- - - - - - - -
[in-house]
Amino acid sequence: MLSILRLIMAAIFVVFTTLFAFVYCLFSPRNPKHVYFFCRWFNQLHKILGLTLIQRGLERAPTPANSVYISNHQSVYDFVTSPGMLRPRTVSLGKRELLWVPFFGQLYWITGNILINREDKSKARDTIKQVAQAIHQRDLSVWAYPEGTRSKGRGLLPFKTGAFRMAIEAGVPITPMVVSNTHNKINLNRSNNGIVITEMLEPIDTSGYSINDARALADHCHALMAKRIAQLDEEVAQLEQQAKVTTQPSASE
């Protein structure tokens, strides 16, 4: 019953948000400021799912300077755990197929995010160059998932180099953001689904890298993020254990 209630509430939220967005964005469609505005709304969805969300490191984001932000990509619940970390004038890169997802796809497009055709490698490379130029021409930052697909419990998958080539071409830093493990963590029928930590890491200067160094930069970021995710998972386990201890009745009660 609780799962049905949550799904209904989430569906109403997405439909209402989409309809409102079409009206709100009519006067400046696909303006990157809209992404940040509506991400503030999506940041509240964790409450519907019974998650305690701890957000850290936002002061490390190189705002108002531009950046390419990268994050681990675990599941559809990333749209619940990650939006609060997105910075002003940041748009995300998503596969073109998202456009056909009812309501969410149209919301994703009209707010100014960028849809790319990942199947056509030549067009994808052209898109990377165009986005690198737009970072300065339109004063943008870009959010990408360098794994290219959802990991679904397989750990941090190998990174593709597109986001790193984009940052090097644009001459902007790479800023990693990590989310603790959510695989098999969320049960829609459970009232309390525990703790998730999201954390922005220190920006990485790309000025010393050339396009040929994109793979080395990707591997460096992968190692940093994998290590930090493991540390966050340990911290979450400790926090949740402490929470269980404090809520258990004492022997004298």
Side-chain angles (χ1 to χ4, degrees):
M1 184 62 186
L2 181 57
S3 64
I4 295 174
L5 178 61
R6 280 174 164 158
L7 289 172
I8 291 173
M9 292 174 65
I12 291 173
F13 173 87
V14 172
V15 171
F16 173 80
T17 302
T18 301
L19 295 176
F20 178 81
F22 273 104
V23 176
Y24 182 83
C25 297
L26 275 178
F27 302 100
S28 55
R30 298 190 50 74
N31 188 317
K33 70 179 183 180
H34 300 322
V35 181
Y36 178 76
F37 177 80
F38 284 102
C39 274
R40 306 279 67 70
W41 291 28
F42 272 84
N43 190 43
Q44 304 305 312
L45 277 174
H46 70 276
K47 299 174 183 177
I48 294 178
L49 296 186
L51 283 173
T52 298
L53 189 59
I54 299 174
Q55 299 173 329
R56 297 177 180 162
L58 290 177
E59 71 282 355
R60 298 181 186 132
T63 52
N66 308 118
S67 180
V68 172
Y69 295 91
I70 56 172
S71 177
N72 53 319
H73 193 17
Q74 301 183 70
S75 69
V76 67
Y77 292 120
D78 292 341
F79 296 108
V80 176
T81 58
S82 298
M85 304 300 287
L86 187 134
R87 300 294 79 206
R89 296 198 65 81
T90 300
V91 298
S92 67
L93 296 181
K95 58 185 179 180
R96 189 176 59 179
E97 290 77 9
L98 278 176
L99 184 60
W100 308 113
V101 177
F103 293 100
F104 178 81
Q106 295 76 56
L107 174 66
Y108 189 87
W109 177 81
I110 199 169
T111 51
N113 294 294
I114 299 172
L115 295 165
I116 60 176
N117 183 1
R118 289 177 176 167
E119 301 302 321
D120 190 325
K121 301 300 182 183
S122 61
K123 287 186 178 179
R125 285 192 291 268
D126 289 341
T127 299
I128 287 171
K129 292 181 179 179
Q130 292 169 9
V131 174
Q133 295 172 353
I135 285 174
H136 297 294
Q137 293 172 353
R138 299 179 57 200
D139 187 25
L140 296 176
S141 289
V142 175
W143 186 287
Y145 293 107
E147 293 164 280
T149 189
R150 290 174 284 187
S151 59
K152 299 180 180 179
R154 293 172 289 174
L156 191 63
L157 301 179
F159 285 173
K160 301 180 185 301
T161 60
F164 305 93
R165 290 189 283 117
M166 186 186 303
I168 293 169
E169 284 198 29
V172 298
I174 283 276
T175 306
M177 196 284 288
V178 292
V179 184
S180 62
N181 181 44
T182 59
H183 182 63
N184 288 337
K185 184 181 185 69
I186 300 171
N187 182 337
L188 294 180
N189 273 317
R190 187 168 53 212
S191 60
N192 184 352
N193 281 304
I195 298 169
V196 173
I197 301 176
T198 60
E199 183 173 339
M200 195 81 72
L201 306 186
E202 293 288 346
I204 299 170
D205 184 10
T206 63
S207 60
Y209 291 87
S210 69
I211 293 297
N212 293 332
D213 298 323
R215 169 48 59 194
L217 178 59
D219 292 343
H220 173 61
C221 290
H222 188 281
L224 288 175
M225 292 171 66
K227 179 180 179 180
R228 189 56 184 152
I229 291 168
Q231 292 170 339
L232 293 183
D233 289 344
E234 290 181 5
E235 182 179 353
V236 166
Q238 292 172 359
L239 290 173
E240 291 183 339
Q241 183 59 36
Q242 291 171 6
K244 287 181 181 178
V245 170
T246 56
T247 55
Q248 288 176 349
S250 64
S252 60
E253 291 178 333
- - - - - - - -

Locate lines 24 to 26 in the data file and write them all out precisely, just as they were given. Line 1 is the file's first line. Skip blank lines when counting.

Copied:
V23 176
Y24 182 83
C25 297